The Tikipedia

Interview with PolynesianPop

As part of a series here on TheTikipedia, we're going to post interviews with some of the avid collectors in the tiki world. The first interview is with PolynesianPop, aka PolyPop, aka Adrian Eustaquio. He's a collector of tiki mugs, and has over 1,000 mugs in his collection. Welcome, PolyPop!

Who are you?
Adrian Eustaquio aka PolynesianPop or PolyPop for short. The term Polynesian Pop was coined by Sven Kirsten. I chose to use it as my “tiki” name as a nod of respect to the creators of the genre, many of which were Filipino immigrants like myself. Mixologists such as Ray Buhen, Tony Ramos, Mariano Lucidine, Bob Esmino and Ray Barrientos and carvers such as Andres Bumatay and Milan Guanko. Not to mention others that contributed to the escapist environment such as Dick Santiago and Leon Lontoc. These are the real guys that worked behind the bar, in the kitchen, and on the stage. Without them, the Polynesian Pop genre may not have existed (at least the way we know it).

How did you get into tiki?
Tiki was something I always had an interest in for as long as I remember. My father was a theme park architect so I grew up surrounded by his drawings and renderings of themed buildings, parks and restaurants. I always admired these grand places that took you to another world.

The real hook for me however, came in the mid-1980s when my grandparents celebrated their 50th wedding anniversary. They renewed their vows in a church ceremony followed by a reception at Don the Beachcomber in Marina del Rey. I vividly remember how the tropical décor and exotic menu transformed my experience and I thought it was just about the coolest place I’d ever walked in to. I wanted to convert my living space at home to look just like Donn’s! From about that point forward I was drawn to anything with a Polynesian theme or vibe. To this day, I just can’t get enough of it.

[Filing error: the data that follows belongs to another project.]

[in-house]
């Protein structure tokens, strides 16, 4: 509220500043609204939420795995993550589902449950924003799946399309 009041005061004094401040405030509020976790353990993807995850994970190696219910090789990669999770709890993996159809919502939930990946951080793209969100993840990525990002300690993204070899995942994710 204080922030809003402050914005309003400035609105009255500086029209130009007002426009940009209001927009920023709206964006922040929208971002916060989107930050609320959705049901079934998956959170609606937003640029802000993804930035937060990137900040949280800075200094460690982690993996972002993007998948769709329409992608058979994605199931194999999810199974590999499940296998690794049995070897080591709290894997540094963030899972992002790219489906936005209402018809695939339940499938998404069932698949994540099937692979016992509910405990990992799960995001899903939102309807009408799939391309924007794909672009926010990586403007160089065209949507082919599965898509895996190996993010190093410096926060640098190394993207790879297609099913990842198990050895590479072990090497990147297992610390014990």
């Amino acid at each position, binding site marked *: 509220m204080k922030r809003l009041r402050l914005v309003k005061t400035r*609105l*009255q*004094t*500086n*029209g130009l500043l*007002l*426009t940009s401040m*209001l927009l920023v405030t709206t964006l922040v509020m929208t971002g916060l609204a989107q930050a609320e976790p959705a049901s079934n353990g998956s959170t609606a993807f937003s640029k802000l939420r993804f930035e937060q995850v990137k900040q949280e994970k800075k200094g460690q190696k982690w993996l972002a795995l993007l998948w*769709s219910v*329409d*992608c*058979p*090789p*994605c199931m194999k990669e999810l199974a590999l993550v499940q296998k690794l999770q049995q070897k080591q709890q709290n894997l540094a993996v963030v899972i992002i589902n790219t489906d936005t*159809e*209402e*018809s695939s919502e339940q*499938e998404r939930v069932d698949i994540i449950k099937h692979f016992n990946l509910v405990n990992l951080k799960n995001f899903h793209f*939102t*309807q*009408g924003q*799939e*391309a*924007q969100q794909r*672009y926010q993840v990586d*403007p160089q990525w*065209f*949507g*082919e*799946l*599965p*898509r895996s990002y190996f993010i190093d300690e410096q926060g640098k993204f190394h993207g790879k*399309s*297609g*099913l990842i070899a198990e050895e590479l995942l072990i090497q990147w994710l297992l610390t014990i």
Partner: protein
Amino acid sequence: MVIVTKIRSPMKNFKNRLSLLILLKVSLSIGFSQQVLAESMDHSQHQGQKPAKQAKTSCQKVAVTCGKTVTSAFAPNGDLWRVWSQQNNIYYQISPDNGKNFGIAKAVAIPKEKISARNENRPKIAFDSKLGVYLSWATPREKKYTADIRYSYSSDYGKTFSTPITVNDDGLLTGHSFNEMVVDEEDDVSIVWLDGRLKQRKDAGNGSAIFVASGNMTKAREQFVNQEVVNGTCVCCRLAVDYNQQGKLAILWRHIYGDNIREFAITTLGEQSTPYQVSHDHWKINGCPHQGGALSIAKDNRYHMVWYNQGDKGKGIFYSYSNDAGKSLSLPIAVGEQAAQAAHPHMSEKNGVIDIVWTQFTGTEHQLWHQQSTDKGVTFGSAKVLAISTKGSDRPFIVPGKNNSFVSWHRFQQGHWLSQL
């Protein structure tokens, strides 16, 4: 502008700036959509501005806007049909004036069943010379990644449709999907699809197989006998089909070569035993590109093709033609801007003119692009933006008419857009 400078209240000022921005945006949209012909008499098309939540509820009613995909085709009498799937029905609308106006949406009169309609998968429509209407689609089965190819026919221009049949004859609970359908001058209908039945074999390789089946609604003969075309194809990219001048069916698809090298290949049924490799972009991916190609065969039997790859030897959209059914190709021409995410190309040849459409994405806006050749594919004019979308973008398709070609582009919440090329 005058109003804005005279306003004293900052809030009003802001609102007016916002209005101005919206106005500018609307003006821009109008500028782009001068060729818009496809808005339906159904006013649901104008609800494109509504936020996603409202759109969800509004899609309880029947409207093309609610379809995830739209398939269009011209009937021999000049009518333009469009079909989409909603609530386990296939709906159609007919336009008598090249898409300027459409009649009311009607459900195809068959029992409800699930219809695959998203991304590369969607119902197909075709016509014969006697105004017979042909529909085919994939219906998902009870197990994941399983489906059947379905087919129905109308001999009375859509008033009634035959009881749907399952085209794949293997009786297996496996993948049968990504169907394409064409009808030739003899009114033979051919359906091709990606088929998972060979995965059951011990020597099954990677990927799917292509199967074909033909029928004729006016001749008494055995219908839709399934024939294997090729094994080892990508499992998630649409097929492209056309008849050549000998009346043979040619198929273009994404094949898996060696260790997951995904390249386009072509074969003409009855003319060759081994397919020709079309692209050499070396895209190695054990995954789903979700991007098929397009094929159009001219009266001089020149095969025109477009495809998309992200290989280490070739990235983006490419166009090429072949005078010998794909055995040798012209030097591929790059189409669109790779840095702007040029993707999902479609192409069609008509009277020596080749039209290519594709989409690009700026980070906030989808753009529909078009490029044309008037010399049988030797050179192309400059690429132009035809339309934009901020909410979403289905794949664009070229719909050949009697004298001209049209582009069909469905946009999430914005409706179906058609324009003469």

Where are you located?
I grew up in Southern California and currently reside in Corona.

How did you get into collecting tiki mugs?
Tiki mug collecting was something that happened by accident for me. In the early 1990s I started collecting Coco Joes and HIP tikis after a visit to Hawaii. They were all over the place there – in the hotel gift shops, ABC stores, etc. I brought about a half dozen of these things home and put them on my entertainment center amongst a group of other kitschy-cool stuff I liked. If I found anything similar at garage sales or thrift stores I’d naturally, bring it home to add to my collection.

One day, the person I was a dating at the time brought home a half dozen Tiki Leilani mugs after spending a Sunday at a local flea market. She paid $2 for the whole set. Because I didn’t think they looked right sitting next to my Coco Joes collection I ended up putting them in a closet and there they sat for YEARS.